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dc.contributor.authorPearson, Scott
dc.date.accessioned2010-07-08T04:15:36Z
dc.date.available2010-07-08T04:15:36Z
dc.date.issued1997
dc.identifier.urihttps://hdl.handle.net/10182/2201
dc.description.abstractEcotourism is rapidly growing throughout the world and is predicted to be one of the major growth areas heading toward the year 2000. This increase is predominantly due to the contemporary traveller becoming more interested in the natural environment. Ecotourism holds enormous potential for tourism experiences in natural areas, which can provide an economic rationale to protect ecological, cultural and social environments. While significant benefits are associated with ecotourism, several management and development problems could severely limit this industry. The term "ecotourism" currently has no recognised definition, leading to generalisation of the term. This problem is compounded by the fact that in New Zealand there is no specific form of management or accreditation system for the industry. Ecotourism is also impeded by a lack of coordination between agencies associated with its development and management. Interdisciplinary analysis is applied to examine the main benefits and problems associated with ecotourism, and reveals there are many controversial issues such as conflicting goals between conservation and tourism. Findings indicate that a significant opportunity exists to develop a fresh management approach to ecotourism in New Zealand. A strategy has been selected as a potential management option, with the benefits of strategic planning being discussed. Examination of barriers hindering the use of a strategic approach, and other strategies related to ecotourism, are also outlined. Other possible management options are considered, but are found to be less suitable in comparison to a strategy. To address the challenges associated with ecotourism in New Zealand; this report looks at the potential of an Ecotourism Strategy to provide solutions to the major problems facing this industry. From the identification of underlying problems, four "Key Issues" are selected. These include a lack of clarity, a lack of specific management, the nature of the industry and a lack of coordination. Testing these key issues against a "strategy" reveals that an ecotourism strategy is a very suitable option for progressing this resource management problem. Findings indicate that a strategy has significant advantages to offer ecotourism, such as the ability to tackle complex issues related to an ecotourism definition, and the development of an accreditation system. A strategy can also provide direction for the industry through short and long-term planning, and in the provision of a comprehensive approach to management and development. Further benefits include the application of a "substantive coordination approach" in order to find "common goals" between agencies related to ecotourism. Based on the analysis in this report it is recommended that an ecotourism strategy is adopted, and that an ecotourism association is a sensible precursor to this strategy. It is also recommended that the New Zealand Tourism Industry Association and the Tourism Policy Group are the agencies most suited to initiating an ecotourism strategy.en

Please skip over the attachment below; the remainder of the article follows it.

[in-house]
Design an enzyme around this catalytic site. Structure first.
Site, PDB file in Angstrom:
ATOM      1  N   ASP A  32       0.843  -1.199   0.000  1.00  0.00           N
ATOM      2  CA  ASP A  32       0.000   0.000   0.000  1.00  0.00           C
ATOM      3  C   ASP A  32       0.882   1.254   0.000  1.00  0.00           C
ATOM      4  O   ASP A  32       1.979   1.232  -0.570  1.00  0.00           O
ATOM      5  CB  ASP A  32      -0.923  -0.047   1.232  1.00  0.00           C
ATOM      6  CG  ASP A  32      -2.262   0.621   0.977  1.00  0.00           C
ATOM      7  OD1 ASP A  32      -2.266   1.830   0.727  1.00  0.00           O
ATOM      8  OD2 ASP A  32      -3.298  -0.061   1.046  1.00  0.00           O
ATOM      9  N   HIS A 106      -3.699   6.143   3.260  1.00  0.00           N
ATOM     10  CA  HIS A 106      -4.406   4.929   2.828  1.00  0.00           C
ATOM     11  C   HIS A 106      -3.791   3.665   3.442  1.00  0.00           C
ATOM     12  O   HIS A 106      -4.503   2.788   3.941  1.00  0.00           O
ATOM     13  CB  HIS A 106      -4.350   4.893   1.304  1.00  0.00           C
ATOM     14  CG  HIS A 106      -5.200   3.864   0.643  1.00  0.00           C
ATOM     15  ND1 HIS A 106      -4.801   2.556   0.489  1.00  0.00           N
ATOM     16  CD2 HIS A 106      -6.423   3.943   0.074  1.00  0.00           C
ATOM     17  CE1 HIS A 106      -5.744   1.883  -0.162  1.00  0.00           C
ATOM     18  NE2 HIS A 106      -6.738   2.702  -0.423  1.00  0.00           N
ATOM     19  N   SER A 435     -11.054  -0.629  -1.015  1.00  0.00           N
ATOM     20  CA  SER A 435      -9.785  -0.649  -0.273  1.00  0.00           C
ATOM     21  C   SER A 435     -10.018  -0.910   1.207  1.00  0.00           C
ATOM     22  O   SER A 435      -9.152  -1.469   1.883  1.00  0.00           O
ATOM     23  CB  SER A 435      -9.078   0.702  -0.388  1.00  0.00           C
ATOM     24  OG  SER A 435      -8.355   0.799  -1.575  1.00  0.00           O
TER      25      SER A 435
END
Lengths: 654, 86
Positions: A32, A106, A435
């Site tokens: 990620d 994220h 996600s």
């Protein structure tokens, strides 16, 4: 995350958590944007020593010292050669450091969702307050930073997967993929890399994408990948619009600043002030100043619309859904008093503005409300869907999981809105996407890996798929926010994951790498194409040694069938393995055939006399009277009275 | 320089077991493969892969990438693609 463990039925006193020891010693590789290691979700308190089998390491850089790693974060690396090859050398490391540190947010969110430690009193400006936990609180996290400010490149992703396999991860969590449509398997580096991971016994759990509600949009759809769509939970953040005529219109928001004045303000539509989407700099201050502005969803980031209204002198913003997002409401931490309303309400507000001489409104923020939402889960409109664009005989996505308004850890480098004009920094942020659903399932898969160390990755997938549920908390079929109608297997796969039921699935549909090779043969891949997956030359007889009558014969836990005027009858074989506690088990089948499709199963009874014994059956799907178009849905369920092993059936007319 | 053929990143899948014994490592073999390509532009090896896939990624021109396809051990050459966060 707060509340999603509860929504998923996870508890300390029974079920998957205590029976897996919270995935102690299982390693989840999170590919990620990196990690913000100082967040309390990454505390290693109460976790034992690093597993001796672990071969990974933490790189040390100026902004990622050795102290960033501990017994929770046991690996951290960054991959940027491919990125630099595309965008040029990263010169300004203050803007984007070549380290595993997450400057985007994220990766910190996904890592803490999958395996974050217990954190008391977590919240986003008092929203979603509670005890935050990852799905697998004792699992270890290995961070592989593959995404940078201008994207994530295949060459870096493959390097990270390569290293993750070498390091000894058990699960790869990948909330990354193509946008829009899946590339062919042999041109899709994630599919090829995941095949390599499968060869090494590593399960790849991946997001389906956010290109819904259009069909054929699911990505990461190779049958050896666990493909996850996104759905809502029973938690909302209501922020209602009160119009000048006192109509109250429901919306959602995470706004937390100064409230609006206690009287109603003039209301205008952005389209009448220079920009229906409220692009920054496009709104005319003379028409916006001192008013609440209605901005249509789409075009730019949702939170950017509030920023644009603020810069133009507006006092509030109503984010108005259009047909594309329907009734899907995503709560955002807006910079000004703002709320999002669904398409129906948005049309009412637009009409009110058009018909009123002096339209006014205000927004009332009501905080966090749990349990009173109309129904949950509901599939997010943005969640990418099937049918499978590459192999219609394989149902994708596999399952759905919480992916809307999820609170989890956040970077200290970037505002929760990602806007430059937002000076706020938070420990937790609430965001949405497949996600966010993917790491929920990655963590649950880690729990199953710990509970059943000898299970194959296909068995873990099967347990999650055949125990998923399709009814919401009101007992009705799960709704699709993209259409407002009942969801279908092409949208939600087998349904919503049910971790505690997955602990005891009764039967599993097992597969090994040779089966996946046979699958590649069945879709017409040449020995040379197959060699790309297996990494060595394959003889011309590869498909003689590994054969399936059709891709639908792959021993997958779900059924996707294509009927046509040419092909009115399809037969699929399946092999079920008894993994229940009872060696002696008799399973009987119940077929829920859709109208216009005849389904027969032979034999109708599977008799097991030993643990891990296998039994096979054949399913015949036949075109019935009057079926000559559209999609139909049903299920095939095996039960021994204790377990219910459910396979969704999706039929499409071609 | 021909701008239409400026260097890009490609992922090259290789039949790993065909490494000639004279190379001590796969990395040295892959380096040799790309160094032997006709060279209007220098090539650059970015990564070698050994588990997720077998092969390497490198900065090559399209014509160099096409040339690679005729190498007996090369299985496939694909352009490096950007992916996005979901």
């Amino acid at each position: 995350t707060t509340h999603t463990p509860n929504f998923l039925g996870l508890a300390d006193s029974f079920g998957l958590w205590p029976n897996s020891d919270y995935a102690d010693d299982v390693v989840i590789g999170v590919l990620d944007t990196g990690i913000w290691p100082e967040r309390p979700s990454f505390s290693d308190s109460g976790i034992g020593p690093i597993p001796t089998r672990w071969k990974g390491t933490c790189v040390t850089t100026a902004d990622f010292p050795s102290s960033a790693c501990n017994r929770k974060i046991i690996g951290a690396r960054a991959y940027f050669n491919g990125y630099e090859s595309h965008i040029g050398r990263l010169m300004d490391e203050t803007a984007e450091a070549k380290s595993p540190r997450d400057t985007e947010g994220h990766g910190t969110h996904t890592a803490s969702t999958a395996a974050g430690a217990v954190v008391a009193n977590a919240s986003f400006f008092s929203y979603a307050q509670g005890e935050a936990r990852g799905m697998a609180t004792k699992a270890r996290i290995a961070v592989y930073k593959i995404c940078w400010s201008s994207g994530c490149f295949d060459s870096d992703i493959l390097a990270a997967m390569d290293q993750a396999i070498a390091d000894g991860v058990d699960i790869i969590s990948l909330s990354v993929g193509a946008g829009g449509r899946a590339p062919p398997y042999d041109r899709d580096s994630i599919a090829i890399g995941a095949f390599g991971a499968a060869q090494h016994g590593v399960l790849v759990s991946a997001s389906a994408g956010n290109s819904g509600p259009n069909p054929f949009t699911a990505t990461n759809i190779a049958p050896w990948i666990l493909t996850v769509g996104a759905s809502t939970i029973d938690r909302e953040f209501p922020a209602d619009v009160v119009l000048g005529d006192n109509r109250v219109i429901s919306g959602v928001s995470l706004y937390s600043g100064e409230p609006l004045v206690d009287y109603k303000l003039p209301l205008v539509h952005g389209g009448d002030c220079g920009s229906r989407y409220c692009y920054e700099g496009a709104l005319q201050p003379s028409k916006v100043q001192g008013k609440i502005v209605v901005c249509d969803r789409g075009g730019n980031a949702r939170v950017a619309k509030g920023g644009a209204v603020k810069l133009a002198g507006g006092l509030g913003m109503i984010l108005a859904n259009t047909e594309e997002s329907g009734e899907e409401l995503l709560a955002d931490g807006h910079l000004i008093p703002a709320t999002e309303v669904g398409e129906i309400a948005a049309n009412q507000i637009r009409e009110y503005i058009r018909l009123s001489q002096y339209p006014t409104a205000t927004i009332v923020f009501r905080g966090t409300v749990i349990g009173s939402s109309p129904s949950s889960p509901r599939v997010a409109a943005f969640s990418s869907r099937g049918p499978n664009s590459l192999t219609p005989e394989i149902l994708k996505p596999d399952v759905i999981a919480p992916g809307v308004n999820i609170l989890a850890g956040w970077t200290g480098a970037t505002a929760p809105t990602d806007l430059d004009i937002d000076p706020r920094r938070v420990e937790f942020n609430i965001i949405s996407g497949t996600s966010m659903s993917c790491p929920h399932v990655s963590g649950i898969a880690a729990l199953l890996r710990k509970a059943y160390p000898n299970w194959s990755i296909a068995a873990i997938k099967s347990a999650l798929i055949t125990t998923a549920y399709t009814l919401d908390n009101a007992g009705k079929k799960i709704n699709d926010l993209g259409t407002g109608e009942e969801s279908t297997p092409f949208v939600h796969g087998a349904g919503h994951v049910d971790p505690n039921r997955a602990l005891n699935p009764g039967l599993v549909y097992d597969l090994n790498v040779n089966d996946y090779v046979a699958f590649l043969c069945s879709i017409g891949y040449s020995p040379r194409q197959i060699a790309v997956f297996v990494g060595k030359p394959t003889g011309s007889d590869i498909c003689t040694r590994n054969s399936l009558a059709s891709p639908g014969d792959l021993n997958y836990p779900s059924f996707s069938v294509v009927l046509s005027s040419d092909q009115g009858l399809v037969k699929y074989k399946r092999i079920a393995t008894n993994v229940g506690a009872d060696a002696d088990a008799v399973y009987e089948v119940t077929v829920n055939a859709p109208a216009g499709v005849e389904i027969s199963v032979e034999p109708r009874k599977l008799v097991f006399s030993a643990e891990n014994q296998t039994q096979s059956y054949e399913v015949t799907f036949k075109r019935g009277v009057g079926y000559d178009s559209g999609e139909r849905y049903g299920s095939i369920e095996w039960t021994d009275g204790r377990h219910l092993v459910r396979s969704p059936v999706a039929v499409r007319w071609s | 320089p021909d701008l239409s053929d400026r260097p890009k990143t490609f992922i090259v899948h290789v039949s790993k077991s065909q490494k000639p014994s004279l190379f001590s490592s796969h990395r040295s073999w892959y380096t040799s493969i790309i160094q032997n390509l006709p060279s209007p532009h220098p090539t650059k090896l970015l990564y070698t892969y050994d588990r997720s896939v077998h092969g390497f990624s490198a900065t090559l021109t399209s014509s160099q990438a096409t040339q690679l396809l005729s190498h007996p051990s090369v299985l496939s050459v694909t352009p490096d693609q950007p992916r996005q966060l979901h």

dc.language.isoenen
dc.publisherLincoln Universityen
dc.rights.urihttps://researcharchive.lincoln.ac.nz/page/rights
dc.subjectecotourismen
dc.subjectnatural areasen
dc.subjecttourism experiencesen
dc.subjecttourism managementen
dc.subjectresource managementen
dc.subjectNew Zealanden
dc.titleAn ecotourism strategy for New Zealanden
dc.typeDissertationen
thesis.degree.grantorLincoln Universityen
thesis.degree.levelMastersen
thesis.degree.nameMaster of Scienceen
lu.thesis.supervisorBuhrs, Ton
lu.contributor.unitDepartment of Environmental Managementen
dc.rights.accessRightsDigital thesis can be viewed by current staff and students of Lincoln University only. Print copy available for reading in Lincoln University Library. May be available through inter-library loan.en
dc.subject.anzsrc1506 Tourismen


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